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Pandemic hasn't changed partisan divide on paid time off

Sophie Quinton, on

Published in News & Features

Under the New York law, which was tucked into the fiscal 2021 state budget, state residents can earn one hour of leave for every 30 hours they work. Larger employers are required to offer more sick days than small businesses.

When the budget was signed last year, the first wave of COVID-19 cases was ripping through New York. Cuomo had ordered nonessential businesses to close, and the economy was in free fall.

Republicans opposed the paid sick day provisions. “People are more worried about their jobs, as opposed to whether or not they're going to have the appropriate sick leave,” then-Senate Minority Leader John Flanagan said during floor remarks.

In New Mexico, Republicans and business groups likewise opposed Chandler’s sick leave bill, which also will allow state residents to earn one hour of leave for every 30 hours worked, up to 64 hours a year. New Mexicans will be able to use sick days to care for themselves, family members or close friends.

“It just felt like it was going to hinder economic development, as well as be a hardship on our businesses, when they’d already been through so much,” said Jamie Church, president and CEO of the Farmington, New Mexico, Chamber of Commerce.

Church noted that workers start accruing sick leave on their first day on the job. She said it could be difficult for some businesses to track the benefit, particularly for part-time and seasonal workers. “It’s just another thing for small businesses to be dealing with,” she said.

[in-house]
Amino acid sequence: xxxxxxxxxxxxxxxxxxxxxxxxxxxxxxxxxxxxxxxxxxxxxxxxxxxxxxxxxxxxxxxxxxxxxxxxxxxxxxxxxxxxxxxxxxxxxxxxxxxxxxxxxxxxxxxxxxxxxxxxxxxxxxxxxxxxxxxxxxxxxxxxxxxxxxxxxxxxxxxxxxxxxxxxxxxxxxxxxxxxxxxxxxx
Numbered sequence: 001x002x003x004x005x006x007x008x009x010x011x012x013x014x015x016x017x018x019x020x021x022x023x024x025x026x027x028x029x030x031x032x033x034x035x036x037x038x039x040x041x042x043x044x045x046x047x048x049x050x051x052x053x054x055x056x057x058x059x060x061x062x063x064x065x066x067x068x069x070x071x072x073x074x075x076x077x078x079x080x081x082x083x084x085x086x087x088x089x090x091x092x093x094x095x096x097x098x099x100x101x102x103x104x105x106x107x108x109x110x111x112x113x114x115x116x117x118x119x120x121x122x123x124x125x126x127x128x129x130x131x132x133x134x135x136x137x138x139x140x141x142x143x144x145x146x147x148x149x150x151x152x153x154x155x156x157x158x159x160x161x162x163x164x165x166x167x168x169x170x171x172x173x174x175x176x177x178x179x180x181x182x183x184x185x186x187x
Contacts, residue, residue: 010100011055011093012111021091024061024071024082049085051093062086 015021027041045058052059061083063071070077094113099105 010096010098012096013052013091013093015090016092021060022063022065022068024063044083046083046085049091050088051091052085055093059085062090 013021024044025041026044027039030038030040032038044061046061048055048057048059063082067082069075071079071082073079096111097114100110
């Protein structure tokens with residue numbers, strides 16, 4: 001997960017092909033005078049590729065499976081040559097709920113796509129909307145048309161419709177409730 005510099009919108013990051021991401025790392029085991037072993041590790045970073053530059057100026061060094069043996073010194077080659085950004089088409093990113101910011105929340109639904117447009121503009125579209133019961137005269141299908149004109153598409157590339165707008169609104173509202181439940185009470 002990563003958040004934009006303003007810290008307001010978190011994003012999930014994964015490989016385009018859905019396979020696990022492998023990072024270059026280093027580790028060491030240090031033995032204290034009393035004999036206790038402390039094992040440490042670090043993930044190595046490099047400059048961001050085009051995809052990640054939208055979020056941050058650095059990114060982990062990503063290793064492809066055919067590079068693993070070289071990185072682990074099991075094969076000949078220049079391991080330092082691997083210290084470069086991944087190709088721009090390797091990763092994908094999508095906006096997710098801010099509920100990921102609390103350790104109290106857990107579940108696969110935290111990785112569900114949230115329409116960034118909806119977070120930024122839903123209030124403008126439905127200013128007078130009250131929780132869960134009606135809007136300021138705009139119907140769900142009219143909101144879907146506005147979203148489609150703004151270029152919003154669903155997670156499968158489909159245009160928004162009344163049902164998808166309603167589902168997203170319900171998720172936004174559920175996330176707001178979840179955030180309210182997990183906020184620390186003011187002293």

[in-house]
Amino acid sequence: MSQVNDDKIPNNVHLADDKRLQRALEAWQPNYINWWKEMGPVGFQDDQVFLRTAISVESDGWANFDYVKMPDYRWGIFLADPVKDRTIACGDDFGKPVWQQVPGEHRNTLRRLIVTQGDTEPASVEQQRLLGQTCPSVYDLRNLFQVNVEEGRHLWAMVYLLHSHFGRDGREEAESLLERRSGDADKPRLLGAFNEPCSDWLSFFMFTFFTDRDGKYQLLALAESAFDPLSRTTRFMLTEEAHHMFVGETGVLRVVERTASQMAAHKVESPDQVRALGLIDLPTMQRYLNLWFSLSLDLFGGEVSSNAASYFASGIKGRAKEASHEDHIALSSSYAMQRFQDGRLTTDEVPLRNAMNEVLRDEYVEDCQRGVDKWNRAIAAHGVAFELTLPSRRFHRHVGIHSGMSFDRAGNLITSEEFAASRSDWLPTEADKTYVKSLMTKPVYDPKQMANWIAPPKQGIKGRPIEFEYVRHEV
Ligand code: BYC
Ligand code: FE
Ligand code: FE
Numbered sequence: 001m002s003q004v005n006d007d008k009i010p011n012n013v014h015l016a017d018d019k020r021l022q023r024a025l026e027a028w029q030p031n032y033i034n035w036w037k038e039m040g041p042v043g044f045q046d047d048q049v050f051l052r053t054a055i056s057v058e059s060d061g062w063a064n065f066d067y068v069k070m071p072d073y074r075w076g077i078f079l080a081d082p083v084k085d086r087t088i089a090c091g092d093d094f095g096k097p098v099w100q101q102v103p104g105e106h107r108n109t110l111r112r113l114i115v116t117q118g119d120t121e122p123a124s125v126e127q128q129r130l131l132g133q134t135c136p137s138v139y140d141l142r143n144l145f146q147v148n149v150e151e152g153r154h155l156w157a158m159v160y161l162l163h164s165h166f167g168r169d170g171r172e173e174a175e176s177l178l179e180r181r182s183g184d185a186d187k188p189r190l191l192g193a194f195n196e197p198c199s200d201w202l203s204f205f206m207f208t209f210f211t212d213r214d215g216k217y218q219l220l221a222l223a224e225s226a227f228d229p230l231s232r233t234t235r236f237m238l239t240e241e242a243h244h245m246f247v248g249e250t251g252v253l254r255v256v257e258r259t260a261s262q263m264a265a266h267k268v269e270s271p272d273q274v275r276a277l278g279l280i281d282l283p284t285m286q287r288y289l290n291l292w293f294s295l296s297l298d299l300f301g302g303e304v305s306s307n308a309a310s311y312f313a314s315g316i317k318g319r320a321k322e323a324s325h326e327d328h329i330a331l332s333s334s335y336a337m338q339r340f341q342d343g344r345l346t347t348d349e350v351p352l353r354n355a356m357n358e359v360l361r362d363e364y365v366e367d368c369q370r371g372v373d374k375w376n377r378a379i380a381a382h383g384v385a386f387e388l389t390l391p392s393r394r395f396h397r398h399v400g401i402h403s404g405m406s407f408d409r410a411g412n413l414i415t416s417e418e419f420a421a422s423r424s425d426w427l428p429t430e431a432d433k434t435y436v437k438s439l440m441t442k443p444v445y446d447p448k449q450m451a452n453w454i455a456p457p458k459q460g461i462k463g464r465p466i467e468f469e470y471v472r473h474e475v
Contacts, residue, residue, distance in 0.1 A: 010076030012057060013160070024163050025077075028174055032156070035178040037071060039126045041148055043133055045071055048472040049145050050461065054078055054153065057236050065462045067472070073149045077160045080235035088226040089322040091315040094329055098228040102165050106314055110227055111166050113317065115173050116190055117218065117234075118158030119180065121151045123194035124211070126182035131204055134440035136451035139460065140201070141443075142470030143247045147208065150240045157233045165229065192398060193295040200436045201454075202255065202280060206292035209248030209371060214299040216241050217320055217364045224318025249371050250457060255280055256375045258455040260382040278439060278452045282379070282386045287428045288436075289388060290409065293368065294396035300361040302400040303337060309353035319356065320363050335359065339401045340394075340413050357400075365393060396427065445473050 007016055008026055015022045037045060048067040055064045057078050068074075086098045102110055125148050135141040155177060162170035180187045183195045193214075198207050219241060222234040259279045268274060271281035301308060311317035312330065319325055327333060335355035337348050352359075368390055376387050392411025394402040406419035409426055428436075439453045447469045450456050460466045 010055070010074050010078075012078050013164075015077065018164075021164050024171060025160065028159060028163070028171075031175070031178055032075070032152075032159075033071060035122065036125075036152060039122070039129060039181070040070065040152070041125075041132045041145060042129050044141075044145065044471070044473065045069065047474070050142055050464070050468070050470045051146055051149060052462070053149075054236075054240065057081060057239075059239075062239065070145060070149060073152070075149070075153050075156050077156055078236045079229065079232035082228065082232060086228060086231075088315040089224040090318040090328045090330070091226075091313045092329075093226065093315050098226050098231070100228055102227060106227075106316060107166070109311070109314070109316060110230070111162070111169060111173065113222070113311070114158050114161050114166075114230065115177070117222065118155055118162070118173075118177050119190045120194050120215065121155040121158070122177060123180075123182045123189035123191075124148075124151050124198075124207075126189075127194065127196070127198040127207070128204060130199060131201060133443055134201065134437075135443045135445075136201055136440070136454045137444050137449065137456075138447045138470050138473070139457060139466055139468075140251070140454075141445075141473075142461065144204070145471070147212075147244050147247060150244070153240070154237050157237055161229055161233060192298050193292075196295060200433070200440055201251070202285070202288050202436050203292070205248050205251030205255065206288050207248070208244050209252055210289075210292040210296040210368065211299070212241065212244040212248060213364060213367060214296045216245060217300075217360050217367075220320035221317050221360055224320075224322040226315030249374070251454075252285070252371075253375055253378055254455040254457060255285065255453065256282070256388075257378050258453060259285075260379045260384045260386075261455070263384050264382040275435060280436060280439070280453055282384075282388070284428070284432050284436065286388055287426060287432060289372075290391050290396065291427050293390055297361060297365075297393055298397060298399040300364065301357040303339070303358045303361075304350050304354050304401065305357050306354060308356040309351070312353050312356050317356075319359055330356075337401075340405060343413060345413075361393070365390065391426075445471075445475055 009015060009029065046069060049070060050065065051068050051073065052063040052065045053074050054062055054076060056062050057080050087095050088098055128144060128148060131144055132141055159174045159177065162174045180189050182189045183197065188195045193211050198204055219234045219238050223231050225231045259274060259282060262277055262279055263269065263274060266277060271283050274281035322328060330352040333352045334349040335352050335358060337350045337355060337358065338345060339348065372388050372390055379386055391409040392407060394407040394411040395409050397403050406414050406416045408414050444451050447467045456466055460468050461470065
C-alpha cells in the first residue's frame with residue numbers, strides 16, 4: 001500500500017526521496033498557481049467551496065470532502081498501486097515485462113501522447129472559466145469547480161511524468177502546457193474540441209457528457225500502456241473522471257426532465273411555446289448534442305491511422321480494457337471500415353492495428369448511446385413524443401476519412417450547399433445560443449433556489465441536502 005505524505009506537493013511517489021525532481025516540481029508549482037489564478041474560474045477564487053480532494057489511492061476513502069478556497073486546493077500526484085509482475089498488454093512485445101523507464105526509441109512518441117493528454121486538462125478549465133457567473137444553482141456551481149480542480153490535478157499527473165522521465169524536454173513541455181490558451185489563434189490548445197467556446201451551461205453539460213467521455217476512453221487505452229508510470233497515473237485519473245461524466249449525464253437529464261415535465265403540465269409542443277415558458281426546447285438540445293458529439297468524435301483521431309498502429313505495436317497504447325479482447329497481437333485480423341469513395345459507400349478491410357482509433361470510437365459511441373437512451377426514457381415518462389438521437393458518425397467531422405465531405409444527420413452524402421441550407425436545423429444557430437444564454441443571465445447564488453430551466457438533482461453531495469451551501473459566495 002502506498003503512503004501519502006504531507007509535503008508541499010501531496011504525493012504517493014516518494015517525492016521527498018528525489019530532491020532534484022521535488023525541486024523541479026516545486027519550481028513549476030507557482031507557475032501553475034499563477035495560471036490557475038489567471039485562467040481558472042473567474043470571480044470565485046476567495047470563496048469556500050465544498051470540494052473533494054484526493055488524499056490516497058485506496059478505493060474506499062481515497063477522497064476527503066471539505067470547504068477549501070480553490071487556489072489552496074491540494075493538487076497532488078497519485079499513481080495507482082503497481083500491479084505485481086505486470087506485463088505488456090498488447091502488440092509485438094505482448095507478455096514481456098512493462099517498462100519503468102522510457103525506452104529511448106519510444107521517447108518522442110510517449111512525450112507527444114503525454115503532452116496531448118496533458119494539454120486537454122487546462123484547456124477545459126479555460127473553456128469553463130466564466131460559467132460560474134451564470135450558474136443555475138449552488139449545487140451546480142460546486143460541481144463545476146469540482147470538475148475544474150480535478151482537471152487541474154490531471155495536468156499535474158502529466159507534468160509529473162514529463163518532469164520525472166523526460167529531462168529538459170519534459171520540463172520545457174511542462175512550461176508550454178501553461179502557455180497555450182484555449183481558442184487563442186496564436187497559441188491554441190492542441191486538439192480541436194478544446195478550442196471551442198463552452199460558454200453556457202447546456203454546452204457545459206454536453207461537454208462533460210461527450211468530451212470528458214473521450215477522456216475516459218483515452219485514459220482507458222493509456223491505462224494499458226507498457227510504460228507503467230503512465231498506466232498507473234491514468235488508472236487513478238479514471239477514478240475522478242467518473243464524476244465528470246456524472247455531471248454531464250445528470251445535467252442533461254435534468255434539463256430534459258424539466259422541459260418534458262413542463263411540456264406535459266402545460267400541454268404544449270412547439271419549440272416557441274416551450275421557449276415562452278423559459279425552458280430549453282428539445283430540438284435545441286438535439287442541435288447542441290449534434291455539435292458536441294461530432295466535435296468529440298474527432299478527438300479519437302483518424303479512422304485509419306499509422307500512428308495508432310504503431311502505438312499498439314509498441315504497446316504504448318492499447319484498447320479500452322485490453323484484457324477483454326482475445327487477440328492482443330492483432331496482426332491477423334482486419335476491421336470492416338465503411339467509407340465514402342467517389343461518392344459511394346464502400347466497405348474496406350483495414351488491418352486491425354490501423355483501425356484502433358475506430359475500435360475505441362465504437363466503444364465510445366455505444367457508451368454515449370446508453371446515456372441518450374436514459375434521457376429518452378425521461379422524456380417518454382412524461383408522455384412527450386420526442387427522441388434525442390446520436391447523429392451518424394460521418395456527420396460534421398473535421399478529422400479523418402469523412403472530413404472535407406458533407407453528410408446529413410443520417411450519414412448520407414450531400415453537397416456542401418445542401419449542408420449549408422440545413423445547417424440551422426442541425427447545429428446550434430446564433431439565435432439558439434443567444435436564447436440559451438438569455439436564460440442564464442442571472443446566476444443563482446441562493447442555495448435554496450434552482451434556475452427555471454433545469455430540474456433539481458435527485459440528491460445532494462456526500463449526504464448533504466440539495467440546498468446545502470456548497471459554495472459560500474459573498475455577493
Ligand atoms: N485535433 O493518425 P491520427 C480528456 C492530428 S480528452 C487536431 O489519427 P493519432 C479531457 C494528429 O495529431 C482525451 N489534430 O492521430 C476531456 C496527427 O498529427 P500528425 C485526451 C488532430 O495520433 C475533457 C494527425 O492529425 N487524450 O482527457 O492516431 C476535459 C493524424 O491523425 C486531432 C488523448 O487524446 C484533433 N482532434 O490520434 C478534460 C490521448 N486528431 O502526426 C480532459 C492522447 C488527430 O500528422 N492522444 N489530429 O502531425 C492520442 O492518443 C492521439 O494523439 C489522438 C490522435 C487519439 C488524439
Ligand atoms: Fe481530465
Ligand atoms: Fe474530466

Sharer, who runs a debt-collection business in Farmington, said he doesn’t think the state mandate was necessary. “The reality is, no small New Mexico business wants a sick employee coming in,” he said.

Business groups’ concerns are “shortsighted,” Chandler said, and offering better benefits can boost morale and productivity, she argued. “People accommodate, the businesses adjust,” she said. “And it’s not the crisis that I think the business community, or at least the organized business community, likes to predict.”


Colorado’s Democratic-led legislature also passed a paid sick time law last year. And voters approved a paid family and medical leave ballot initiative in November.

It’s harder for lawmakers to create the pricier and more expansive family and medical leave programs than to require businesses to offer sick days, said Sherry Leiwant, co-founder and co-president of A Better Balance. Few businesses offer paid family and medical leave, in part because they can’t afford to.

“It’s not a common benefit. That’s why it’s necessary, really, to have a law that requires it,” Leiwant said of paid family leave. “But I think that legislators are reluctant to say to all employers in America, ‘You have to give 12 weeks of [paid] leave.’”

To expand access to paid leave, some states have created social insurance programs. The Colorado ballot initiative, for instance, directs the state to create a program funded by a payroll tax on employers and employees. When it launches in 2024, the program will fund at least 12 weeks of leave for eligible workers.

Polls conducted before the pandemic showed a similar level of support for the ballot initiative as the final vote, said Jared Make, a Denver-based vice president at A Better Balance.

“That same level of support existed before the pandemic,” he said, “and I don’t know if it shifted the debate or the outcome.”

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